Some Benefits of Art

1. Art makes you more observant. Leonardo da Vinci said, “Painting embraces all the ten functions of the eye; that is to say, darkness, light, body and color, shape and location, distance and closeness, motion and rest.” Creating art helps you learn to “see” by concentrating on detail and paying more attention to your environment.

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2. Art stimulates the imagination. If you consider yourself a right-brained (artistic) person, you can enhance creative skills you already possess. If you’re left-brained (analytical), creating art will stimulate your creativity and imagination.

3. Art enhances problem-solving skills. Unlike math, there is no one correct answer in art. Art encourages out-of-the-box thinking and lets you come up with your own unique solution.

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4. Art boosts self-esteem and provides a sense of accomplishment. We stick our kids’ artwork on the fridge to boost their self-esteem. Hanging your latest work of art on the wall can instill you with the same feeling.

5. Art reduces stress. Painting, sculpting, drawing, and photography are relaxing and rewarding hobbies that can lower your stress levels and lead to an overall improvement in well-being.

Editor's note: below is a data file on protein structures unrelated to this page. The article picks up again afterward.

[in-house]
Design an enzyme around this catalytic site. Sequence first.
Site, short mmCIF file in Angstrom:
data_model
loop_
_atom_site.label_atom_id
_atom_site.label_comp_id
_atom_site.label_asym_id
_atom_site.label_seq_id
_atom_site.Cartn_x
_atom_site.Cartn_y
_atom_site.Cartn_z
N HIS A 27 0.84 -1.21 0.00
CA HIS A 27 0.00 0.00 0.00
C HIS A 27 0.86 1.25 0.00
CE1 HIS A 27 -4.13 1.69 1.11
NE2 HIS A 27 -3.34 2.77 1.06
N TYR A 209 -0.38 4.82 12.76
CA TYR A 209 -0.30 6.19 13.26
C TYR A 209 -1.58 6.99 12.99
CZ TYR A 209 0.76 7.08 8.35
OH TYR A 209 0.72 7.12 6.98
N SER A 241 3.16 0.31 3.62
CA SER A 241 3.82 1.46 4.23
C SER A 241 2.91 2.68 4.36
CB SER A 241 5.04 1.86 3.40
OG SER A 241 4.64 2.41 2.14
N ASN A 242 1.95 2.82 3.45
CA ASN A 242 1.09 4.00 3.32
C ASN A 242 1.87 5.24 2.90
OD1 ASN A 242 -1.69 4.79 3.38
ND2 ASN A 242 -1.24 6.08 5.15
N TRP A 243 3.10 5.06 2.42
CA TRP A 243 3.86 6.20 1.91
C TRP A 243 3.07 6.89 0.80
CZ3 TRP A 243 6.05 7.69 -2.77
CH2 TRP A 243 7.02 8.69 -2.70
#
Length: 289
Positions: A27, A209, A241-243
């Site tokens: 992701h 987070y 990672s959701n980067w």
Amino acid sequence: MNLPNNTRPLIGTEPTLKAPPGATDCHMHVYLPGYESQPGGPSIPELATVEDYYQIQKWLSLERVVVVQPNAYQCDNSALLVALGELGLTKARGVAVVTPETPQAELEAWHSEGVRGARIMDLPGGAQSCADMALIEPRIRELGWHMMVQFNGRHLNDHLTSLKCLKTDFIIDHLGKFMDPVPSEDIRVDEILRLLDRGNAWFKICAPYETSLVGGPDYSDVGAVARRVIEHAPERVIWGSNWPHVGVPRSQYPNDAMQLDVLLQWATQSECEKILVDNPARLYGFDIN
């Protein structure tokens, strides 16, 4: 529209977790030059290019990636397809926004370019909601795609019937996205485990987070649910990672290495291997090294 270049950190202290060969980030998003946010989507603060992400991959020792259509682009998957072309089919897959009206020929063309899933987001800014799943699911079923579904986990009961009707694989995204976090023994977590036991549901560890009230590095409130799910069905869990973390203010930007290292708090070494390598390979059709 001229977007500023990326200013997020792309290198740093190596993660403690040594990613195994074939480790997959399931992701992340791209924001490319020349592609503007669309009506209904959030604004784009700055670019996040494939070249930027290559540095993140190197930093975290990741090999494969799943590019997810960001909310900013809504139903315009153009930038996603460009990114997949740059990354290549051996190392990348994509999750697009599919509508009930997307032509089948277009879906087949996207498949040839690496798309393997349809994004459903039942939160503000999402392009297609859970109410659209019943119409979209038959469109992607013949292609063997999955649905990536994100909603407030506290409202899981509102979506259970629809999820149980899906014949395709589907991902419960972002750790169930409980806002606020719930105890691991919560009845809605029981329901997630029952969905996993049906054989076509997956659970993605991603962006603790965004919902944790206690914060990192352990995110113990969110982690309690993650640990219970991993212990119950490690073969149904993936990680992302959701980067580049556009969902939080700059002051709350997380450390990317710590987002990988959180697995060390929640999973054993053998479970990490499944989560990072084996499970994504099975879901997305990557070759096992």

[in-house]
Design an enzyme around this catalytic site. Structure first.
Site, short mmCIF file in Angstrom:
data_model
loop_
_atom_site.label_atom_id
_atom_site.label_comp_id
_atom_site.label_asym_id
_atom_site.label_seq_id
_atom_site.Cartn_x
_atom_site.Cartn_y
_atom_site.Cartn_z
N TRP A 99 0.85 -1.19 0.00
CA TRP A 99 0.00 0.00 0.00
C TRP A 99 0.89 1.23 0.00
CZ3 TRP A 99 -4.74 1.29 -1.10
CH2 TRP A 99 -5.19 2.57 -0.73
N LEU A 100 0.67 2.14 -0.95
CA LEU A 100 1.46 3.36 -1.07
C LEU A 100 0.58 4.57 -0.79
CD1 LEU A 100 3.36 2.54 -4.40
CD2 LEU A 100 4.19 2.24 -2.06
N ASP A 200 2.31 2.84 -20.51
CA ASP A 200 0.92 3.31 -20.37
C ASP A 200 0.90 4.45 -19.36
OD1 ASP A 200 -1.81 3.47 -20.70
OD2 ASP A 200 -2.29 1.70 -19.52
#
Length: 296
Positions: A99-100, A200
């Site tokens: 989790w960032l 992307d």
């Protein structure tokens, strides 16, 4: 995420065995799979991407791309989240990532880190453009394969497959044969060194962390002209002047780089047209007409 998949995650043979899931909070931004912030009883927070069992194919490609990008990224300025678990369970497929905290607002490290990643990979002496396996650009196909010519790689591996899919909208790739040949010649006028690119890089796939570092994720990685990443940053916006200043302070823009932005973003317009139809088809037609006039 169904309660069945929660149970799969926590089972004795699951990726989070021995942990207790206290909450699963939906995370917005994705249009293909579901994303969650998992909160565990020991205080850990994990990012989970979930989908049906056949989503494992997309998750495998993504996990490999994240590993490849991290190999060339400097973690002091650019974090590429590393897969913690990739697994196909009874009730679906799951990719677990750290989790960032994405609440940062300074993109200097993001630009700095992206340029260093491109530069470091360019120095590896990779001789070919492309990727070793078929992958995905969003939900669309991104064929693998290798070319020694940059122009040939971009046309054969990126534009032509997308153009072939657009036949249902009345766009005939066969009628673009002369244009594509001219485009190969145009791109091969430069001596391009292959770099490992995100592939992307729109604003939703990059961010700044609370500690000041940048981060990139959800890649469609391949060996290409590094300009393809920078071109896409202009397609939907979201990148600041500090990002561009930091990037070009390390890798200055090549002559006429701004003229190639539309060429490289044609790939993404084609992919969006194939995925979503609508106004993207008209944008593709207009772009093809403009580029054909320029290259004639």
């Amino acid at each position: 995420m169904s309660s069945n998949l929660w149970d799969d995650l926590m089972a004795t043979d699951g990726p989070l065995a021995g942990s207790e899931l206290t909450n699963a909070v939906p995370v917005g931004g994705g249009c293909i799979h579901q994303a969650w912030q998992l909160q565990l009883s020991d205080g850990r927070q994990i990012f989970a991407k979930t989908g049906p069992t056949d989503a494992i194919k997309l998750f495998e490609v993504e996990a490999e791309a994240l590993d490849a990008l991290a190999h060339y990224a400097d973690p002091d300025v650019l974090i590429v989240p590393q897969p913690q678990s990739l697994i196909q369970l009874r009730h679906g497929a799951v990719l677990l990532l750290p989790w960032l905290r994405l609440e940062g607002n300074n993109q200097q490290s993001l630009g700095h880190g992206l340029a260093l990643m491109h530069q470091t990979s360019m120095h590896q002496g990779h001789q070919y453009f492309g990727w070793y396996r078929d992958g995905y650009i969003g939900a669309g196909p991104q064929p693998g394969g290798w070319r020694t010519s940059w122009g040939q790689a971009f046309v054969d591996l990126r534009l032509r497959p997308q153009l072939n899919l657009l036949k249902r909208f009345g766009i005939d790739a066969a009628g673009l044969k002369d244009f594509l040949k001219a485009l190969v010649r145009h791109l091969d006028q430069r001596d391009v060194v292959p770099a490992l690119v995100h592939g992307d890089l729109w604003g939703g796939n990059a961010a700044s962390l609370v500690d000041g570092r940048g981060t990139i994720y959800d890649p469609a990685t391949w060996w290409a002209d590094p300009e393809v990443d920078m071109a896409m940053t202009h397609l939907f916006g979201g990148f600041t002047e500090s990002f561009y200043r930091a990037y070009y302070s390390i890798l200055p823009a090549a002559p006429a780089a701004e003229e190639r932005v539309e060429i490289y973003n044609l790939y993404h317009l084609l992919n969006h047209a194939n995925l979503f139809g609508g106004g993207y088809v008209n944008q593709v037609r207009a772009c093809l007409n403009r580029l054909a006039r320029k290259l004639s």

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6. Art enhances cognitive abilities and memory, even for people with serious brain conditions. Dr. Arnold Bresky is a physician who has created a program he calls the “Brain Tune Up” that utilizes art therapy for patients that have Alzheimer’s and dementia. He has seen a 70% success rate in improvement of his patients’ memories. He believes that by drawing and painting, they are connecting the right and left hemispheres of the brain and growing new brain cells.

therapy dog

A therapy dog is a dog trained to provide affection and comfort to people in hospitals, retirement homes, nursing homes, schools, hospices, people with learning difficulties, and stressful situations, such as disaster areas.

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Therapy dogs come in all sizes and breeds. The most important characteristic of a therapy dog is its temperament. A good therapy dog must be friendly, patient, confident, gentle, and at ease in all situations. Therapy dogs must enjoy human contact and be content to be petted and handled, sometimes clumsily.

A therapy dog’s primary job is to allow unfamiliar people to make physical contact with it and to enjoy that contact. Children in particular enjoy hugging animals; adults usually enjoy simply petting the dog. The dog might need to be lifted onto, or climb onto, an individual’s lap or bed and sit or lie comfortably there. Many dogs contribute to the visiting experience by performing small tricks for their audience or by playing carefully structured games. In hospice environments, therapy dogs can play a role in palliative care by reducing death anxiety.